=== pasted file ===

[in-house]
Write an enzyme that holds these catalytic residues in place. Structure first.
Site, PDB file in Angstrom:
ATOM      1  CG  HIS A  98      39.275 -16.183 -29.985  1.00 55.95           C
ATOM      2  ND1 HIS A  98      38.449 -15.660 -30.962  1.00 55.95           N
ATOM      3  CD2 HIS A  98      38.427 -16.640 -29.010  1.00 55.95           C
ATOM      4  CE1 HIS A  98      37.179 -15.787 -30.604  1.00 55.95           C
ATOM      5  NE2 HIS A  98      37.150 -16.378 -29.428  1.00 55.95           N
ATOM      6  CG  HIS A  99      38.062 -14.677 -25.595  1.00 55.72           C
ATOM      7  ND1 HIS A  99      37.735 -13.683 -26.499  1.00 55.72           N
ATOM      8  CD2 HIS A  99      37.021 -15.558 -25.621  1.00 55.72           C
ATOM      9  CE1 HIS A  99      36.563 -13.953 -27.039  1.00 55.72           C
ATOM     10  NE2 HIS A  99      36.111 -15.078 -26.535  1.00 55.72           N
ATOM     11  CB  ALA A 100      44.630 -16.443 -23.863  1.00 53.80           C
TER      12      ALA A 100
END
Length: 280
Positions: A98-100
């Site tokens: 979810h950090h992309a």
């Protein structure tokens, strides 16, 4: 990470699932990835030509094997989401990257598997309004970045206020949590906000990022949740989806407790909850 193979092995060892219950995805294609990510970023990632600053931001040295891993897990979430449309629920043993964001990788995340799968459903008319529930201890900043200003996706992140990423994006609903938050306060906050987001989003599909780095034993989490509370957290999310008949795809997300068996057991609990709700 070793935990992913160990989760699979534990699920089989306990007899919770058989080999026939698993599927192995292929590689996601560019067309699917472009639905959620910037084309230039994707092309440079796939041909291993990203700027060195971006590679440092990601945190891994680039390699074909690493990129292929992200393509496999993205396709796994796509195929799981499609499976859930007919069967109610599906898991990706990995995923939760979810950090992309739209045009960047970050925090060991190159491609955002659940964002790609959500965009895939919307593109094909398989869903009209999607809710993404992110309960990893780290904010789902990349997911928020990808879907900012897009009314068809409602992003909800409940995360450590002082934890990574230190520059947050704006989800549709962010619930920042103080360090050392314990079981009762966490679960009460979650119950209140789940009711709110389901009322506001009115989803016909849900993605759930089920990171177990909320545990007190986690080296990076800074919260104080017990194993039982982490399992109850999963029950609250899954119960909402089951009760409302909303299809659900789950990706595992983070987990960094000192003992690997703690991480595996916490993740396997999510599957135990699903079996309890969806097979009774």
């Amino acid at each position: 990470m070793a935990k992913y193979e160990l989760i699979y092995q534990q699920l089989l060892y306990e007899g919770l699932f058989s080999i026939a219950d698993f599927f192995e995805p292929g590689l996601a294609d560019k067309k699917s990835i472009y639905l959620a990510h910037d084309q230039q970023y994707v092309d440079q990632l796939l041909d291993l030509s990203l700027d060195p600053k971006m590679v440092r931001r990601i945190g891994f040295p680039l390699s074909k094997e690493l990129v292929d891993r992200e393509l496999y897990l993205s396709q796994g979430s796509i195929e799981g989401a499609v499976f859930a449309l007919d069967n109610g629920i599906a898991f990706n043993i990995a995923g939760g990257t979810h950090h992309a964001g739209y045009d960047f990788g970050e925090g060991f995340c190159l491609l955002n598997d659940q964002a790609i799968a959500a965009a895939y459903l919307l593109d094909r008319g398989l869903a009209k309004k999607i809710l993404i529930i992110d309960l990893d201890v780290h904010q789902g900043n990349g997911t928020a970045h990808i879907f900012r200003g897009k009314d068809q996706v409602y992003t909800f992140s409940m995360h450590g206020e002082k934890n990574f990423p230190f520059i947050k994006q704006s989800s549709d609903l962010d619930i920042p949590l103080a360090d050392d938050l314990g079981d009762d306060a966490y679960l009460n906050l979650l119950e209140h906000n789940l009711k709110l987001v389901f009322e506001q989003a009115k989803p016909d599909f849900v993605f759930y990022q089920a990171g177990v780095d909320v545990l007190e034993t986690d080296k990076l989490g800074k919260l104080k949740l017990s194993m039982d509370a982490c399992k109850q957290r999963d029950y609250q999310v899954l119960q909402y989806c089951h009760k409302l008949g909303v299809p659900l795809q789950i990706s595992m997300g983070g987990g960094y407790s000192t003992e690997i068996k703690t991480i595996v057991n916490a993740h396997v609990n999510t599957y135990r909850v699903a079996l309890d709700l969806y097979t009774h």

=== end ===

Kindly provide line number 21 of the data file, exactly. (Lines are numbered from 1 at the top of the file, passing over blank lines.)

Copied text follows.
């Amino acid at each position: 990470m070793a935990k992913y193979e160990l989760i699979y092995q534990q699920l089989l060892y306990e007899g919770l699932f058989s080999i026939a219950d698993f599927f192995e995805p292929g590689l996601a294609d560019k067309k699917s990835i472009y639905l959620a990510h910037d084309q230039q970023y994707v092309d440079q990632l796939l041909d291993l030509s990203l700027d060195p600053k971006m590679v440092r931001r990601i945190g891994f040295p680039l390699s074909k094997e690493l990129v292929d891993r992200e393509l496999y897990l993205s396709q796994g979430s796509i195929e799981g989401a499609v499976f859930a449309l007919d069967n109610g629920i599906a898991f990706n043993i990995a995923g939760g990257t979810h950090h992309a964001g739209y045009d960047f990788g970050e925090g060991f995340c190159l491609l955002n598997d659940q964002a790609i799968a959500a965009a895939y459903l919307l593109d094909r008319g398989l869903a009209k309004k999607i809710l993404i529930i992110d309960l990893d201890v780290h904010q789902g900043n990349g997911t928020a970045h990808i879907f900012r200003g897009k009314d068809q996706v409602y992003t909800f992140s409940m995360h450590g206020e002082k934890n990574f990423p230190f520059i947050k994006q704006s989800s549709d609903l962010d619930i920042p949590l103080a360090d050392d938050l314990g079981d009762d306060a966490y679960l009460n906050l979650l119950e209140h906000n789940l009711k709110l987001v389901f009322e506001q989003a009115k989803p016909d599909f849900v993605f759930y990022q089920a990171g177990v780095d909320v545990l007190e034993t986690d080296k990076l989490g800074k919260l104080k949740l017990s194993m039982d509370a982490c399992k109850q957290r999963d029950y609250q999310v899954l119960q909402y989806c089951h009760k409302l008949g909303v299809p659900l795809q789950i990706s595992m997300g983070g987990g960094y407790s000192t003992e690997i068996k703690t991480i595996v057991n916490a993740h396997v609990n999510t599957y135990r909850v699903a079996l309890d709700l969806y097979t009774h």